Take, for another example, "Uncanny X-Men" #383 (August 2000). This was part of Chris Claremont's original return to the X-Men. Remember those "The Neo" days? It's ok, most of us don't, anymore.
This issue was a "Giant-Sized Spectacular" clocking in at 38 pages of story for some reason. It's a complete tale that feels like a classic Marvel Mutant jigsaw story. What combination of characters together can provide the right mix of powers to survive a specific attack? Which one character will have to have a moment to overcome all the odds? What singular villainous force will come close to defeating them? Plug your answers into those slots and you'll get a story.
Claremont perfected that trick, and pulls it off well in this done-in-one issue. A group of X-Men go undercover in Russia to help Gambit pay off an old debt. Most of them are captured, and it's up to Storm to save them. She needs help, so she goes to the local crime lord to have a chat. There's a bit of give and take, and ultimately she gets what she needs at the price of owing a new debt to this crime lord.
Here's what stood out to me: Storm could have walked in the bad guy's house and had a chat with him, threatening him with the powers she could use. But, no, this is a comic book and that would be boring. Instead, she breaks into his bedroom and whips up a tornado-like event to carry him, sitting on his bed, up high into the earth's thinner atmosphere. There, the two sit down to have a chat, the full moon providing a background and the earth laying distant below their feet. It's a great visual.
These characters have these powers. These comic books are unlimited by budgets. I feel sometimes that there are comics that would work better with a little extra time for another script draft to consider ways to spice them up like this. Is it necessary? No. Does it stretch credulity? I suppose it might for some who aren't willing to get caught up in the world where these characters live. But I think it would produce a better comic book at the end of the day, which is what everyone wants, right?
It's the little things. Spider-Man doesn't just march a perp into the police station; he webs him up and leaves him hanging on the street lamp outside. Batman doesn't stand upright on a rooftop looking for crime in Gotham; he sits perched on a gargoyle overlooking the city. Robin and Nightwing don't sit down for tea; they practice their fighting moves, blindfolded, on top of a moving train.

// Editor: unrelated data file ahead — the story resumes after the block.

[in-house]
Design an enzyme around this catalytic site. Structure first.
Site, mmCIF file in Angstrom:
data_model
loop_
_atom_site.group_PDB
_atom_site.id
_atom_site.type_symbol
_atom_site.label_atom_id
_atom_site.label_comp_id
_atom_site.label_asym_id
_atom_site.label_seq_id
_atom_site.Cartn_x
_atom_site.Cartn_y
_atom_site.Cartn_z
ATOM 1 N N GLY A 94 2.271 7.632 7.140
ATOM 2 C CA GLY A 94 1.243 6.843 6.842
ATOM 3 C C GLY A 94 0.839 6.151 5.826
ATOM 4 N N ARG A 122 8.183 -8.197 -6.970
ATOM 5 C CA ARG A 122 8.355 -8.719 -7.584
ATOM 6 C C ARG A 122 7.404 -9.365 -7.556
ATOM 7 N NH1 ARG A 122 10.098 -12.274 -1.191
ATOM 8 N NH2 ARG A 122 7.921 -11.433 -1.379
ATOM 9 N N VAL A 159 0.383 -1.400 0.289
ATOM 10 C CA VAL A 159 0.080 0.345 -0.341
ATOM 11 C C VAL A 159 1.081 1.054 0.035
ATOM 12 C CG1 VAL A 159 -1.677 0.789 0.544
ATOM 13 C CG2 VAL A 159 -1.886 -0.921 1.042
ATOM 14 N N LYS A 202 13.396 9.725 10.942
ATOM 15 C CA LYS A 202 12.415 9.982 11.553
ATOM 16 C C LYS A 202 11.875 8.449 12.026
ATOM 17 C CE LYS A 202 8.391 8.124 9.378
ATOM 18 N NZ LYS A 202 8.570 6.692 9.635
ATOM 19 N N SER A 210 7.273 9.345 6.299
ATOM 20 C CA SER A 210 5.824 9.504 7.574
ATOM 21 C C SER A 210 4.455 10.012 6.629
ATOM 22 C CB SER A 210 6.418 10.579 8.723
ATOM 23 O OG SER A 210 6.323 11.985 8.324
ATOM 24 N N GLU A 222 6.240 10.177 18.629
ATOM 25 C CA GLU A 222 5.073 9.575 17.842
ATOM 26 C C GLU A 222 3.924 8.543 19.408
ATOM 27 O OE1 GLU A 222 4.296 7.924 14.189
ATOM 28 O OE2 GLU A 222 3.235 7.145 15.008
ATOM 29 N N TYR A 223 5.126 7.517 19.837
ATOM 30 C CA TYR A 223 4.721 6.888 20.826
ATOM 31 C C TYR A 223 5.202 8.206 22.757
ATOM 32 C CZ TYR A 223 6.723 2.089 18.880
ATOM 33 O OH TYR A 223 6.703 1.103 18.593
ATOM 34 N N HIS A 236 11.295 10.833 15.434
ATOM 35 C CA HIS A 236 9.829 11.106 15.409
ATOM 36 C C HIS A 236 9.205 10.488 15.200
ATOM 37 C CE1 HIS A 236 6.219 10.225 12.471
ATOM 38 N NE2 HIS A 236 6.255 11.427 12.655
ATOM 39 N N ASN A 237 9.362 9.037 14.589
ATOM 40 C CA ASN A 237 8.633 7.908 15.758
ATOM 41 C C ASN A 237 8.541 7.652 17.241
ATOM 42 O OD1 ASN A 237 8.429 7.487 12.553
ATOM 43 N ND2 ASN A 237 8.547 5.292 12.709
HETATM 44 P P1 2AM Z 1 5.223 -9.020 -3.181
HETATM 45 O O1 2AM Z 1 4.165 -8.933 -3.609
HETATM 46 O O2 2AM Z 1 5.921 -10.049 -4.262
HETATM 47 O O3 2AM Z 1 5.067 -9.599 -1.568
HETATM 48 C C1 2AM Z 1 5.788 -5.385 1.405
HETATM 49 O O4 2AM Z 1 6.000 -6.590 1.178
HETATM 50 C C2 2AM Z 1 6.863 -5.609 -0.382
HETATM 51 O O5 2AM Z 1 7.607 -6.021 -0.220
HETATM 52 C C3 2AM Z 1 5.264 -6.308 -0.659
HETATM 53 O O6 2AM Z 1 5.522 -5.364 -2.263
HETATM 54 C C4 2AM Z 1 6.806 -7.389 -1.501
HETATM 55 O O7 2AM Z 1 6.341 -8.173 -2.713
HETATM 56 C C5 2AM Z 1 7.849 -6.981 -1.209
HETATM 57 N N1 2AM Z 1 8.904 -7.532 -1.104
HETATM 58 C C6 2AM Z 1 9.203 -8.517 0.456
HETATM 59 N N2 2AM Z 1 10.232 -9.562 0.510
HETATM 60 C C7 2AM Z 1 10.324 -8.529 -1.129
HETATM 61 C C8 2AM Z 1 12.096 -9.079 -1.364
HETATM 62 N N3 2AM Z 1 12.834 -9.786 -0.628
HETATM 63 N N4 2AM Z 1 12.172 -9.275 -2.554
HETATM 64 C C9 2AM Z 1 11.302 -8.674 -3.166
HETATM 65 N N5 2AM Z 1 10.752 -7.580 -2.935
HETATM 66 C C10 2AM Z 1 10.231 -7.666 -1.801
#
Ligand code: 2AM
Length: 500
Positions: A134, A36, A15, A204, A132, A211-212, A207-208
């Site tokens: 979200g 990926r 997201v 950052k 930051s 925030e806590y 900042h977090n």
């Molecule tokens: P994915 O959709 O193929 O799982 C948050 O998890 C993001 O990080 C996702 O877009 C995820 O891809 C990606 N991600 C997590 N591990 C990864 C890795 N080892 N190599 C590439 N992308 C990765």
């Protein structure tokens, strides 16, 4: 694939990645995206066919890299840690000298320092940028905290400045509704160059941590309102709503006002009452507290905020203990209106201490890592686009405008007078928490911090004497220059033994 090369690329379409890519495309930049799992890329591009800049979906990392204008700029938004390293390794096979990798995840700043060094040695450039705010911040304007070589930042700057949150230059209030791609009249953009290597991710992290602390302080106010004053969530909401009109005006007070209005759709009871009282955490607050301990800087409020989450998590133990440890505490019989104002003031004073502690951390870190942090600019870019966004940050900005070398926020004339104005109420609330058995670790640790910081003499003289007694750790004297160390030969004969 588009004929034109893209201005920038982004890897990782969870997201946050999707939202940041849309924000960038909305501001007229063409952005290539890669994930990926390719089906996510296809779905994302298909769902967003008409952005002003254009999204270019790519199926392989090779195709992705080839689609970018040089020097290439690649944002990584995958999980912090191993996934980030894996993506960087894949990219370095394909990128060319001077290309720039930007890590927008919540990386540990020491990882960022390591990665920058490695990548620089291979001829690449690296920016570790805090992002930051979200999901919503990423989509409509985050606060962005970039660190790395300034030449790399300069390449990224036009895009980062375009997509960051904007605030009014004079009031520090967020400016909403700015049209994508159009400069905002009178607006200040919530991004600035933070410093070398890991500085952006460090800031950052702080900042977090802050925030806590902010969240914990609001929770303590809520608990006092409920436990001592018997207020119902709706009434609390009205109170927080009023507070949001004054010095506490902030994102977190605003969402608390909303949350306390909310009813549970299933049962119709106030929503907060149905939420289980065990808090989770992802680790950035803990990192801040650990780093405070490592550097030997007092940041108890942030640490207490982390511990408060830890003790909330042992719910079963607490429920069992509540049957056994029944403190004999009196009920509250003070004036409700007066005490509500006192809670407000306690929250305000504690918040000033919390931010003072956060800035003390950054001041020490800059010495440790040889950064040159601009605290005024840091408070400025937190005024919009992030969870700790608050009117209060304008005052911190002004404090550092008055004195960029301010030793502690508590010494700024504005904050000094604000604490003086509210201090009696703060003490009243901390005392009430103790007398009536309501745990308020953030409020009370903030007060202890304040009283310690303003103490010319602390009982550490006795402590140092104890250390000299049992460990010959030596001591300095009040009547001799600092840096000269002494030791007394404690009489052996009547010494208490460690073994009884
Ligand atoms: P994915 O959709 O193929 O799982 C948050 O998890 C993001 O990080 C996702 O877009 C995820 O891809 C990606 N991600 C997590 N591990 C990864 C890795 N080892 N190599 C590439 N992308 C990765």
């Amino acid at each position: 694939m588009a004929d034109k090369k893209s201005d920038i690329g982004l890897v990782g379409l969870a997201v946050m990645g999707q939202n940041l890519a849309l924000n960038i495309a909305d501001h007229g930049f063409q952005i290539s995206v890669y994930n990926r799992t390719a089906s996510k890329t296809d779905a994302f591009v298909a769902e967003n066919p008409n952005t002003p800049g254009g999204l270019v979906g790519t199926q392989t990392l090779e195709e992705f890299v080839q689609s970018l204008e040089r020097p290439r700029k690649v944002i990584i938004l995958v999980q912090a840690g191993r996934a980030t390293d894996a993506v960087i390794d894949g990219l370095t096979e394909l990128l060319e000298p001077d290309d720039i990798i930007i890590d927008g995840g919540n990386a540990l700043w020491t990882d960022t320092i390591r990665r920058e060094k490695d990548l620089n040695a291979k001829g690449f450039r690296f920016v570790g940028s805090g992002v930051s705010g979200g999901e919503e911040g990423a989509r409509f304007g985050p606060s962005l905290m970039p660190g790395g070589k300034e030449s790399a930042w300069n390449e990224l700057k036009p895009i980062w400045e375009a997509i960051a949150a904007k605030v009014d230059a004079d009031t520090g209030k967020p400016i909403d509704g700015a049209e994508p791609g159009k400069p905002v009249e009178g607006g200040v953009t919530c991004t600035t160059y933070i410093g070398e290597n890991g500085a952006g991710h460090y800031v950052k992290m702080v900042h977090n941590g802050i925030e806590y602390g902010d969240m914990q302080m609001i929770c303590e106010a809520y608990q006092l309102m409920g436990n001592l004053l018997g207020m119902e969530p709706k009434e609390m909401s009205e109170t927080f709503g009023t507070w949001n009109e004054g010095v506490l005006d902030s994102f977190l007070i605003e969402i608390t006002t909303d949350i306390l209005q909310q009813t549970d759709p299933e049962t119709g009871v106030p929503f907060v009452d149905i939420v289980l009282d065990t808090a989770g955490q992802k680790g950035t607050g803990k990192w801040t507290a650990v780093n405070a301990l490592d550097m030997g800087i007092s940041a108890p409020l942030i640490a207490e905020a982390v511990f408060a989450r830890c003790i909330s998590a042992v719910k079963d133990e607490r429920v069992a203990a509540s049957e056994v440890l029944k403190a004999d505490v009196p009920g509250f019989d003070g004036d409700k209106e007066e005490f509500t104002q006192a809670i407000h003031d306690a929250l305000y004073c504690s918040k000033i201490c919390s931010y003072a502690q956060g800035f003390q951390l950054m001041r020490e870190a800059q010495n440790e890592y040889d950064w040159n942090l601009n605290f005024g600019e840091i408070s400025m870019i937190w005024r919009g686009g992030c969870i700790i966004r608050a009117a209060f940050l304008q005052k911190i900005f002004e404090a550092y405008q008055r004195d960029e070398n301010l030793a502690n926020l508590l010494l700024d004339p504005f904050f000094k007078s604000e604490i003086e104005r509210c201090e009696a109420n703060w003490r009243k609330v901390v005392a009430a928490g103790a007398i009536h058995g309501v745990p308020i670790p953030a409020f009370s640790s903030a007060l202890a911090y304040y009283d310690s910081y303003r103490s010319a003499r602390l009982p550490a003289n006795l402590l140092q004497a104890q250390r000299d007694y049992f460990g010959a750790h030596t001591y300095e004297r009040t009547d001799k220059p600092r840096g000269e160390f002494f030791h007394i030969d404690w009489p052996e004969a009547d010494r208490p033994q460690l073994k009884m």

It's the little things that add to what makes a comic book look exciting. It's good for the reader, and it's also good for the artist, who no doubt would rather draw something that interests them.
Speaking of which, Adam Kubert is the artist on this comic, so it's filled with all the artistic flourishes you've come to expect from him. Every page is dynamic, including some double-page spreads with inventive but not outlandish panel arrangements and layouts. He even adopts a slightly different style with this issue, which is told mostly in flashbacks. Those parts are drawn with a thinner line and no solid black areas. It reminds me a lot of the work Scott Kolins was doing on "The Flash" back in those days.
Richard Isanove handled the coloring for the series at this time, and unsurprisingly, did a great job. With those thinner-lined flashback segments, he matched the pen-and-ink look with a slightly more muted color palette. The shadow work is a little less busy, and the colors are lacking a bit of the saturation, perhaps. It works nicely, and is a good lesson for aspiring colors as to why being able to color in more than one style is a good skill to have.
This story doesn't give Kubert quite the same room his brother had in the "X-Men" comic I talked about earlier. Claremont packs each page a little fuller with this script than Nicieza. (The pendulum was already swinging back by 2000 from artist-driven comics to writer-driven, I suppose...) But there's still lots of room to get clever and inventive with the storytelling and layouts. Kubert does that without sacrificing storytelling. He uses an awful lot of tricks in this issue, including nine panel grids, double page layouts, large circular panels, Alphonse Mucha-inspired panel shapes and layouts, insets, starry field margin backgrounds, tall thin panels in bunches, and even more. There's no page that's boring here. It's even more impressive that Kubert pulls that off in a story that feels as tight and as controlled as this one. It's not just a few big fight scenes. It's people sneaking around and hiding in plain sight.
There's also a great fight sequence near the end where a guy whipping around his barbed wire lasso provides his own undoing.
I've read a couple other issues from this second Claremont era of the title, and they don't hold up nearly so well, to be honest. There are some great moments in many of them, but The Neo don't inspire anything for me, some of the costumes and power sets of the characters feel weird (which is a personal preference, not a critical one), and the mix of X-Men storylines being batted around at the time didn't grab me.
But even so, there are still some classic X-Men moments in there, many of which could be described by what I wrote earlier: Keep the action going, externalize all opposition, gang together the powers in interesting ways, and have an artist who can match the energy and excitement with his own technical skills and design.
It's a lesson that could be well applied to lots of other comics, particular superhero ones...